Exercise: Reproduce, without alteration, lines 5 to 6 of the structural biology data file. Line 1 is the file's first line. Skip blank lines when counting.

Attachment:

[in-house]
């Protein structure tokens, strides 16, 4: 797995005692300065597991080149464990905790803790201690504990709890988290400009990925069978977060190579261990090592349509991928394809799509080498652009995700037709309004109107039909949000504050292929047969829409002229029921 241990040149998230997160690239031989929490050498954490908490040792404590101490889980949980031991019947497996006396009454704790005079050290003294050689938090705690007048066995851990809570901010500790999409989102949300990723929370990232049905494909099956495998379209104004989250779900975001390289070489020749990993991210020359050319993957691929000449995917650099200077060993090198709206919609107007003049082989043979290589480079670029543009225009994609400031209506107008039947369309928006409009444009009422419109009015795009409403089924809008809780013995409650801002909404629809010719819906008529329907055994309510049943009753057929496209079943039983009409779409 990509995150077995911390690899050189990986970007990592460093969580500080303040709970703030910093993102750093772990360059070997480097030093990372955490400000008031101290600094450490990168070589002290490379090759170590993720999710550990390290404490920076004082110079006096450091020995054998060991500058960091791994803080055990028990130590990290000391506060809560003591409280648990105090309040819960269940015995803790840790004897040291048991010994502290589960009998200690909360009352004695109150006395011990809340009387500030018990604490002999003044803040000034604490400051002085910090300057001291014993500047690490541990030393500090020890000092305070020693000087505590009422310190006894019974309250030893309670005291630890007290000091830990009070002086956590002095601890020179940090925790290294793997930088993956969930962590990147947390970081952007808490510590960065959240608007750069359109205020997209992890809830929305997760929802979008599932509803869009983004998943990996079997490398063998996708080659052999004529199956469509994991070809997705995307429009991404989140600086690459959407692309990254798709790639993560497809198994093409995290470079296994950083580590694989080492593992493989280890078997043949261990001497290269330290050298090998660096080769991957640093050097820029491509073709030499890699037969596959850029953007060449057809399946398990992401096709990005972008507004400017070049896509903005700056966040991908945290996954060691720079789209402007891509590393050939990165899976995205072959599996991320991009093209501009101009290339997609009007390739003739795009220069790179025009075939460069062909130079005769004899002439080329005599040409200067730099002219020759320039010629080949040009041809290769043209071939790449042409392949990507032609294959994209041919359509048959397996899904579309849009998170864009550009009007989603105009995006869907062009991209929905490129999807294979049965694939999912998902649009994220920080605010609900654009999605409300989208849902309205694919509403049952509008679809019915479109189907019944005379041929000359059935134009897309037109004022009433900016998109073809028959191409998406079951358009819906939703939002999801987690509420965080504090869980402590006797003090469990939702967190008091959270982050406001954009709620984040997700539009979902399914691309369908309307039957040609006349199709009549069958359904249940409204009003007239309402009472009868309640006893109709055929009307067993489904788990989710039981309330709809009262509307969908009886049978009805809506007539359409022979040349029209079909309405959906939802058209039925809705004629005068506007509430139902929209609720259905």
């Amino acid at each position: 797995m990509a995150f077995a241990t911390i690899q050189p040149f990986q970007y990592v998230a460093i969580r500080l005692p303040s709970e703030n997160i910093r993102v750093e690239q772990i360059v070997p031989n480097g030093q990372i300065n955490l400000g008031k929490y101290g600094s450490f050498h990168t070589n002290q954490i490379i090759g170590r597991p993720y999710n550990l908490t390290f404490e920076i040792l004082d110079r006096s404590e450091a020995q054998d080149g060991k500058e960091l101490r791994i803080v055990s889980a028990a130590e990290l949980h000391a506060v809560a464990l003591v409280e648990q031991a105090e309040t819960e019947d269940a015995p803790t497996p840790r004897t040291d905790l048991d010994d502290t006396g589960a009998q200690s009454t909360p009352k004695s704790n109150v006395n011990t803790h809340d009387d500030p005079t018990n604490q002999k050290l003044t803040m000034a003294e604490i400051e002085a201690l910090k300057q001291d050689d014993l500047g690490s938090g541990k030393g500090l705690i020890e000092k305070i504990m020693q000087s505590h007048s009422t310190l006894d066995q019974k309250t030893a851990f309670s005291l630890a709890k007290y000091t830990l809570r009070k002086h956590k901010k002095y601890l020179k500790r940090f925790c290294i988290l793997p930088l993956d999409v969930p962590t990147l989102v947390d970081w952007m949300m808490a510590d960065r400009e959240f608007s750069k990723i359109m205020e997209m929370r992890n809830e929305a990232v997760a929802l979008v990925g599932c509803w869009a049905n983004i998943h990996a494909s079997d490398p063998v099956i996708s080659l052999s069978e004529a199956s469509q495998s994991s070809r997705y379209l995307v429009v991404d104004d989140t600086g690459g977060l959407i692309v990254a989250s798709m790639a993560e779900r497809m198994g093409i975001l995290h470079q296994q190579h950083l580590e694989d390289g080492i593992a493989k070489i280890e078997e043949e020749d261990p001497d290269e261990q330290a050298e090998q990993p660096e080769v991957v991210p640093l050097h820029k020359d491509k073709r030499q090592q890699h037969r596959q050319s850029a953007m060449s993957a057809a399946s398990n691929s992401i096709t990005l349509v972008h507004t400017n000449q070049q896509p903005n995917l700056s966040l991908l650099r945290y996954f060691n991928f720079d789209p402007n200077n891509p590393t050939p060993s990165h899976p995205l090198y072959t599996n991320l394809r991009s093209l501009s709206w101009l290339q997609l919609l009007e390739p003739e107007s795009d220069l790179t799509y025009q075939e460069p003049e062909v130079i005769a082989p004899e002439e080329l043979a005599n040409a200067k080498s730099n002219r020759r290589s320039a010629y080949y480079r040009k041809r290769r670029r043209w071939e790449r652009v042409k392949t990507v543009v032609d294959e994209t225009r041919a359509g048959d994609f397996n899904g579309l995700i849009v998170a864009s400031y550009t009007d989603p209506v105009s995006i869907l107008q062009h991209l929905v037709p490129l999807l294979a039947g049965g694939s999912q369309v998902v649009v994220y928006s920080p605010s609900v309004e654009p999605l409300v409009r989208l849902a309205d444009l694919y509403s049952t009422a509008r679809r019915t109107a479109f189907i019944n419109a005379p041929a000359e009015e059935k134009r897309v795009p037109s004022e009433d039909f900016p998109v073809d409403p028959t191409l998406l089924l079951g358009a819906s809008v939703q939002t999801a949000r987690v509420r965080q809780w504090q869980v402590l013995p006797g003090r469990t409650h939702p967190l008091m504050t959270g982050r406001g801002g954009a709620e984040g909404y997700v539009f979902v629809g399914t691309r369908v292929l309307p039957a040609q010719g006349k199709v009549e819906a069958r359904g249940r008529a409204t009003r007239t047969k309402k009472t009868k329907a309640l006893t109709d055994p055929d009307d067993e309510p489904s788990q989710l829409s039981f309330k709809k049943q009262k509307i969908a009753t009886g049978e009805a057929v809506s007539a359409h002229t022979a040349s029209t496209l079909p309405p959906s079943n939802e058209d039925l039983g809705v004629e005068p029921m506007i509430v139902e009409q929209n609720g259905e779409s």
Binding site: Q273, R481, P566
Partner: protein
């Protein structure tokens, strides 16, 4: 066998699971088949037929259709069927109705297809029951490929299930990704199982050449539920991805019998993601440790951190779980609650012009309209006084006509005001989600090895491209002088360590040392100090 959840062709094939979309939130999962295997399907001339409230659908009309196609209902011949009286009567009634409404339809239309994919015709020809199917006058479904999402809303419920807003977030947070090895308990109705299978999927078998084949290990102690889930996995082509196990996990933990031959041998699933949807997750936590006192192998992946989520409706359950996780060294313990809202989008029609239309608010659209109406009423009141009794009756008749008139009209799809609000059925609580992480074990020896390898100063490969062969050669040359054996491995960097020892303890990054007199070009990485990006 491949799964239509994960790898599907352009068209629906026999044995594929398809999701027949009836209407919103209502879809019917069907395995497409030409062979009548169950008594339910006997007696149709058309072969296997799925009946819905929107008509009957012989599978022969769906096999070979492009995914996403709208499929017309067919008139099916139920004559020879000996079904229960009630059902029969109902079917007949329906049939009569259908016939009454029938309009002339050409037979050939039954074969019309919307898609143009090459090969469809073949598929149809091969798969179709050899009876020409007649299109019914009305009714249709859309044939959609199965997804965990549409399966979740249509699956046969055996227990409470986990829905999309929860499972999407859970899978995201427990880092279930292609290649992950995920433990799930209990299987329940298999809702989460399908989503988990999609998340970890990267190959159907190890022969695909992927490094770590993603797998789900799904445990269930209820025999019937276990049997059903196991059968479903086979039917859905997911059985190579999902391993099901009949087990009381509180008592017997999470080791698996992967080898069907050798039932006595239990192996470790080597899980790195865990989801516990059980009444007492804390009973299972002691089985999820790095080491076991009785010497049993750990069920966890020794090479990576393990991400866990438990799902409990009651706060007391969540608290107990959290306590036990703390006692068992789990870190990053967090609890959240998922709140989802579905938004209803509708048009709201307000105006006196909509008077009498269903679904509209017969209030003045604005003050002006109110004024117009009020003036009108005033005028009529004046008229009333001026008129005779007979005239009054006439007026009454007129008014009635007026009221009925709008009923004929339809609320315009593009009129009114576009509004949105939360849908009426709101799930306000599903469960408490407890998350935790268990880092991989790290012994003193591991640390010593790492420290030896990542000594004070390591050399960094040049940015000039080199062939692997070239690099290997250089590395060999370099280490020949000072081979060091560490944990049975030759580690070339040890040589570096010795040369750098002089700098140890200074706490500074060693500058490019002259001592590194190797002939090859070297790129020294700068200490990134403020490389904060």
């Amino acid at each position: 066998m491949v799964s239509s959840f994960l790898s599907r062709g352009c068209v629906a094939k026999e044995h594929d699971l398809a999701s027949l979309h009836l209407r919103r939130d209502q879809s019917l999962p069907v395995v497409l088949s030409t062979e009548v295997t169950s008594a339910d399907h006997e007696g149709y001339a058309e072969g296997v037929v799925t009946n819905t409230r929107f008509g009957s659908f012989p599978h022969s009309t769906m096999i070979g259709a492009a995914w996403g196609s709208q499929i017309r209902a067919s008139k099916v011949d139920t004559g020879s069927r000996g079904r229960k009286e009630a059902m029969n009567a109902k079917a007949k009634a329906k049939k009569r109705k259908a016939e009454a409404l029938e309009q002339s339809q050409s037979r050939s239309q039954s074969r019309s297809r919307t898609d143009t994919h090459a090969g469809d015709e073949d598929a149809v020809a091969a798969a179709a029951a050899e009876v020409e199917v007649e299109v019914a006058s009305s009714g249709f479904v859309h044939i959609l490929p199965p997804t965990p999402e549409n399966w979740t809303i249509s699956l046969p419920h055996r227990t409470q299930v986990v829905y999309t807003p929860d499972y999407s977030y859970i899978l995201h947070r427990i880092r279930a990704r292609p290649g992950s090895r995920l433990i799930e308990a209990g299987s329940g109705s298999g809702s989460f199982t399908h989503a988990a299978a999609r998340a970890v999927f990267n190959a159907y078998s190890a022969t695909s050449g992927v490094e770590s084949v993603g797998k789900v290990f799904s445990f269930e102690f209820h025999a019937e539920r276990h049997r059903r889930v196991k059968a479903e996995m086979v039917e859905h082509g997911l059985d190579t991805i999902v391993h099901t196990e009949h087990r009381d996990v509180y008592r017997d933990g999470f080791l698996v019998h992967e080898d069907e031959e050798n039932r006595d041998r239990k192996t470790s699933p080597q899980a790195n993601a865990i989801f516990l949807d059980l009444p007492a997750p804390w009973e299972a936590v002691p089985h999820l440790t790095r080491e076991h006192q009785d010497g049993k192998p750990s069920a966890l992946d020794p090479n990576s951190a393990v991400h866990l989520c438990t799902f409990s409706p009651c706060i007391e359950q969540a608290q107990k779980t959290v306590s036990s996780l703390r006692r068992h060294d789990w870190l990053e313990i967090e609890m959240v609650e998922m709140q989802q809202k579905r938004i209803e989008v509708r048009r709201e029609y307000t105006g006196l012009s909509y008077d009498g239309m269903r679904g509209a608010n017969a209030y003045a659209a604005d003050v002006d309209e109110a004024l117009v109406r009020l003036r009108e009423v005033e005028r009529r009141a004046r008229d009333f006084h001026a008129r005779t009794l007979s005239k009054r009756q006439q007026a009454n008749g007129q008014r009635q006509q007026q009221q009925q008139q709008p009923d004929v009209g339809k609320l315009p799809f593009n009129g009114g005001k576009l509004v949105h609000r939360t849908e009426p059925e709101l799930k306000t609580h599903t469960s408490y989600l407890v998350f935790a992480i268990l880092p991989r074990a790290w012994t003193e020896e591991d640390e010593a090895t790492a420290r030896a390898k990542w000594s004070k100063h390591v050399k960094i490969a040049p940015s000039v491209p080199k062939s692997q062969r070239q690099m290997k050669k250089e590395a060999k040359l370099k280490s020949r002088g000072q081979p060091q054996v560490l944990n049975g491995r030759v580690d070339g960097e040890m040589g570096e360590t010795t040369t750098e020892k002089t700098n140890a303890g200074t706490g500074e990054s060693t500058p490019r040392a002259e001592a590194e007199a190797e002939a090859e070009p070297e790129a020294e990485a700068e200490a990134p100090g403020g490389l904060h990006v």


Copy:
Partner: protein
């Protein structure tokens, strides 16, 4: 066998699971088949037929259709069927109705297809029951490929299930990704199982050449539920991805019998993601440790951190779980609650012009309209006084006509005001989600090895491209002088360590040392100090 959840062709094939979309939130999962295997399907001339409230659908009309196609209902011949009286009567009634409404339809239309994919015709020809199917006058479904999402809303419920807003977030947070090895308990109705299978999927078998084949290990102690889930996995082509196990996990933990031959041998699933949807997750936590006192192998992946989520409706359950996780060294313990809202989008029609239309608010659209109406009423009141009794009756008749008139009209799809609000059925609580992480074990020896390898100063490969062969050669040359054996491995960097020892303890990054007199070009990485990006 491949799964239509994960790898599907352009068209629906026999044995594929398809999701027949009836209407919103209502879809019917069907395995497409030409062979009548169950008594339910006997007696149709058309072969296997799925009946819905929107008509009957012989599978022969769906096999070979492009995914996403709208499929017309067919008139099916139920004559020879000996079904229960009630059902029969109902079917007949329906049939009569259908016939009454029938309009002339050409037979050939039954074969019309919307898609143009090459090969469809073949598929149809091969798969179709050899009876020409007649299109019914009305009714249709859309044939959609199965997804965990549409399966979740249509699956046969055996227990409470986990829905999309929860499972999407859970899978995201427990880092279930292609290649992950995920433990799930209990299987329940298999809702989460399908989503988990999609998340970890990267190959159907190890022969695909992927490094770590993603797998789900799904445990269930209820025999019937276990049997059903196991059968479903086979039917859905997911059985190579999902391993099901009949087990009381509180008592017997999470080791698996992967080898069907050798039932006595239990192996470790080597899980790195865990989801516990059980009444007492804390009973299972002691089985999820790095080491076991009785010497049993750990069920966890020794090479990576393990991400866990438990799902409990009651706060007391969540608290107990959290306590036990703390006692068992789990870190990053967090609890959240998922709140989802579905938004209803509708048009709201307000105006006196909509008077009498269903679904509209017969209030003045604005003050002006109110004024117009009020003036009108005033005028009529004046008229009333001026008129005779007979005239009054006439007026009454007129008014009635007026009221009925709008009923004929339809609320315009593009009129009114576009509004949105939360849908009426709101799930306000599903469960408490407890998350935790268990880092991989790290012994003193591991640390010593790492420290030896990542000594004070390591050399960094040049940015000039080199062939692997070239690099290997250089590395060999370099280490020949000072081979060091560490944990049975030759580690070339040890040589570096010795040369750098002089700098140890200074706490500074060693500058490019002259001592590194190797002939090859070297790129020294700068200490990134403020490389904060």